The PRIDE program: learning from the past to shape the future of Pontocaspian ecosystems and biota.
Marie Curie Slodowska Action – Innovative Training Network (ITN) – Program number 2015-2019. Naturalis Biodiversity Center coordinated (Frank Wesselingh) and managed (Caroline van Impelen) the PRIDE program.
The Black Sea-Caspian Sea region hosts a unique aquatic biota. These Pontocaspian biota evolved in the region in the past millions of years to withstand the unusual salinity settings in lakes and seas. Sturgeons and Caspian seals are well known representatives, but Pontocaspian faunas contain hundreds of invertebrate species such as molluscs, crustaceans, worms and also fish that are unique to the region. Some of them, such as zebra mussels and caspian mudshrimps, have become major invasives in other parts of the world.
Pontocaspian biodiversity today is in crisis. Pollution, invasive species, overfishing all have driven huge declines in the past century. The PRIDE program aimed to study the evolution of lake basins and biota in the Pontocaspian region in the past few million years in order to identify drivers of biodiversity change and resilience and thereby to understand the nature of today's biodiversity crisis. By combining earth scientists, climatologists and biologists but also by understanding today's conservation networks, stakeholders and awareness we aimed to understand and outline the severity and outlook of the biodiversity crisis and support pathways towards effective conservation.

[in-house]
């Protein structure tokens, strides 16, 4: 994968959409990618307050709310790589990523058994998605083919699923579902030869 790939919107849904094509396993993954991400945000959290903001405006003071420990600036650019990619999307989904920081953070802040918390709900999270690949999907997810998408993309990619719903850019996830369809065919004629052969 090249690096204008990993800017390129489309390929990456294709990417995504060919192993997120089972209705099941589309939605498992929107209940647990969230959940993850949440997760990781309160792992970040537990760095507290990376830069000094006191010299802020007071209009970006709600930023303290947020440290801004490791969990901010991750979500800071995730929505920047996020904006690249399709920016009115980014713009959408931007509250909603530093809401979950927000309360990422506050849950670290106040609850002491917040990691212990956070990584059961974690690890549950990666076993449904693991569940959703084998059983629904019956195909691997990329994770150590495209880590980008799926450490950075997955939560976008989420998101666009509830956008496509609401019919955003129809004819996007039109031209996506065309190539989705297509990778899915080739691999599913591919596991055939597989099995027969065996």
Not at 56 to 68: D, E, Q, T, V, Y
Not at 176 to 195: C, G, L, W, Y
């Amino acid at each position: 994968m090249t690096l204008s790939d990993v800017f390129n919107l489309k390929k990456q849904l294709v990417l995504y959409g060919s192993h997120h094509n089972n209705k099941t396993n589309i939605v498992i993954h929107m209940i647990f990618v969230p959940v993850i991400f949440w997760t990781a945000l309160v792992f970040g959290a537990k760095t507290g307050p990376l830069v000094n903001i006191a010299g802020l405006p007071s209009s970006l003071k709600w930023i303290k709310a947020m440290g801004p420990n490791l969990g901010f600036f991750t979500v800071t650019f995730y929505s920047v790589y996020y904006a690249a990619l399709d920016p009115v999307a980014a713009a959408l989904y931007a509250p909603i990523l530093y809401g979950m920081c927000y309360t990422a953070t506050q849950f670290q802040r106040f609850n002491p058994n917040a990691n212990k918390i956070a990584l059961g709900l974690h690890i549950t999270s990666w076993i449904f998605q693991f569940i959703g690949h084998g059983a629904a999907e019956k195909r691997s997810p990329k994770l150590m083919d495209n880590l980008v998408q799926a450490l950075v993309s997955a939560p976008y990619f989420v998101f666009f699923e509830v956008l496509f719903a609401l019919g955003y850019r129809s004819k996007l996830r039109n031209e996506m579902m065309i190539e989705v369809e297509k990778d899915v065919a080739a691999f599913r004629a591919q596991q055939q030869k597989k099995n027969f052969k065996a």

Who workedon this project?
At Naturalis the researchers below worked on this project. Also Caroline van Impelen (Programme manager) and Niels Raes (Projectsupervisor) of Naturalis were involved in PRIDE.
Sabrina van de Velde
Who did wework with?
The PRIDE programme was centred around 15 Early Stage Researchers (ESRs). They worked together with their supervisors and partners.
Check here all the people who made the PRIDE programme together with Naturalis
PRIDE: building anInnovative Training Network
PRIDE was an Innovative Training Network and the ultimate goals were to train 15 early stage researchers (ESRs) in the integrated fields of earth science, climate sciences and biodiversity change and to establish pan-european networks to do so.
Our ESRs were hosted in ten institutes in Europe. However, the PRIDE program was far larger than the ESRs and their supervisors; a multitude of academic and non-academic partners, spanning the entire Pontocaspian region and Europe, with more than 25 participating institutes, ensured the success of our program. Our partners contributed to the extensive training program and fieldwork (with ten network training events) and provided important expertise and background. The networks we fostered have been active after the completion of the program.
The PRIDE program was built around three integrated research/training work packages: WP1 looked into lake basin evolution, WP2 investigated drivers of biodiversity change in the geological past and WP3 addressed today’s Pontocaspian biodiversity crisis.
These are the main findings from the PRIDE program and associated studies: